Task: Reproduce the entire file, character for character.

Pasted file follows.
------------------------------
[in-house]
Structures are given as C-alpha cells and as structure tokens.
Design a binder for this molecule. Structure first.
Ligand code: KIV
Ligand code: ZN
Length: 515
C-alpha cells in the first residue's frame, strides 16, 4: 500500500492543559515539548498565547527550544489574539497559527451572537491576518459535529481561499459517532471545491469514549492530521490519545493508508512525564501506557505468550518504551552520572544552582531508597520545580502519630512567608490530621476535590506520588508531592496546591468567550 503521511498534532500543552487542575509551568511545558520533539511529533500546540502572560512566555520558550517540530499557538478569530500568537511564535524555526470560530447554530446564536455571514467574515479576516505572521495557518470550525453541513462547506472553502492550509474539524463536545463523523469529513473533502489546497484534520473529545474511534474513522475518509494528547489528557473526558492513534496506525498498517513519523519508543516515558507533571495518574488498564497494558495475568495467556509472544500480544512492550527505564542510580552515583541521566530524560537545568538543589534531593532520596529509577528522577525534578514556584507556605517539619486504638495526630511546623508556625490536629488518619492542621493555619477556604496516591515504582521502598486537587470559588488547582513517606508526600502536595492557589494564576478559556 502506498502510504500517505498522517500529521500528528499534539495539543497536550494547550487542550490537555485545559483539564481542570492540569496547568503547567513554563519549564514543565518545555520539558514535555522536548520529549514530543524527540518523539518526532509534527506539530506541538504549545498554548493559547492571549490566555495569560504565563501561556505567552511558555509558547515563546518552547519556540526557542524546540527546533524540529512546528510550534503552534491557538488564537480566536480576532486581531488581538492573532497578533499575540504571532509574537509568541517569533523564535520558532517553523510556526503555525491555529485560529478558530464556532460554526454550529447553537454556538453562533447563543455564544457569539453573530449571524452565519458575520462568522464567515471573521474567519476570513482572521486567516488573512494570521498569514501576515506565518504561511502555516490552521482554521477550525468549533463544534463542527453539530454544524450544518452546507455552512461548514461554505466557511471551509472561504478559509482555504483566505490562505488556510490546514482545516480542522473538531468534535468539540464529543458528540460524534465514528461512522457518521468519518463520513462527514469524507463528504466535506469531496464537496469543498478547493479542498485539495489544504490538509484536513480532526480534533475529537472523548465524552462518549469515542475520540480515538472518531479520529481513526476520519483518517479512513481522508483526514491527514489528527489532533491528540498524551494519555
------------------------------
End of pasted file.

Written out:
[in-house]
Structures are given as C-alpha cells and as structure tokens.
Design a binder for this molecule. Structure first.
Ligand code: KIV
Ligand code: ZN
Length: 515
C-alpha cells in the first residue's frame, strides 16, 4: 500500500492543559515539548498565547527550544489574539497559527451572537491576518459535529481561499459517532471545491469514549492530521490519545493508508512525564501506557505468550518504551552520572544552582531508597520545580502519630512567608490530621476535590506520588508531592496546591468567550 503521511498534532500543552487542575509551568511545558520533539511529533500546540502572560512566555520558550517540530499557538478569530500568537511564535524555526470560530447554530446564536455571514467574515479576516505572521495557518470550525453541513462547506472553502492550509474539524463536545463523523469529513473533502489546497484534520473529545474511534474513522475518509494528547489528557473526558492513534496506525498498517513519523519508543516515558507533571495518574488498564497494558495475568495467556509472544500480544512492550527505564542510580552515583541521566530524560537545568538543589534531593532520596529509577528522577525534578514556584507556605517539619486504638495526630511546623508556625490536629488518619492542621493555619477556604496516591515504582521502598486537587470559588488547582513517606508526600502536595492557589494564576478559556 502506498502510504500517505498522517500529521500528528499534539495539543497536550494547550487542550490537555485545559483539564481542570492540569496547568503547567513554563519549564514543565518545555520539558514535555522536548520529549514530543524527540518523539518526532509534527506539530506541538504549545498554548493559547492571549490566555495569560504565563501561556505567552511558555509558547515563546518552547519556540526557542524546540527546533524540529512546528510550534503552534491557538488564537480566536480576532486581531488581538492573532497578533499575540504571532509574537509568541517569533523564535520558532517553523510556526503555525491555529485560529478558530464556532460554526454550529447553537454556538453562533447563543455564544457569539453573530449571524452565519458575520462568522464567515471573521474567519476570513482572521486567516488573512494570521498569514501576515506565518504561511502555516490552521482554521477550525468549533463544534463542527453539530454544524450544518452546507455552512461548514461554505466557511471551509472561504478559509482555504483566505490562505488556510490546514482545516480542522473538531468534535468539540464529543458528540460524534465514528461512522457518521468519518463520513462527514469524507463528504466535506469531496464537496469543498478547493479542498485539495489544504490538509484536513480532526480534533475529537472523548465524552462518549469515542475520540480515538472518531479520529481513526476520519483518517479512513481522508483526514491527514489528527489532533491528540498524551494519555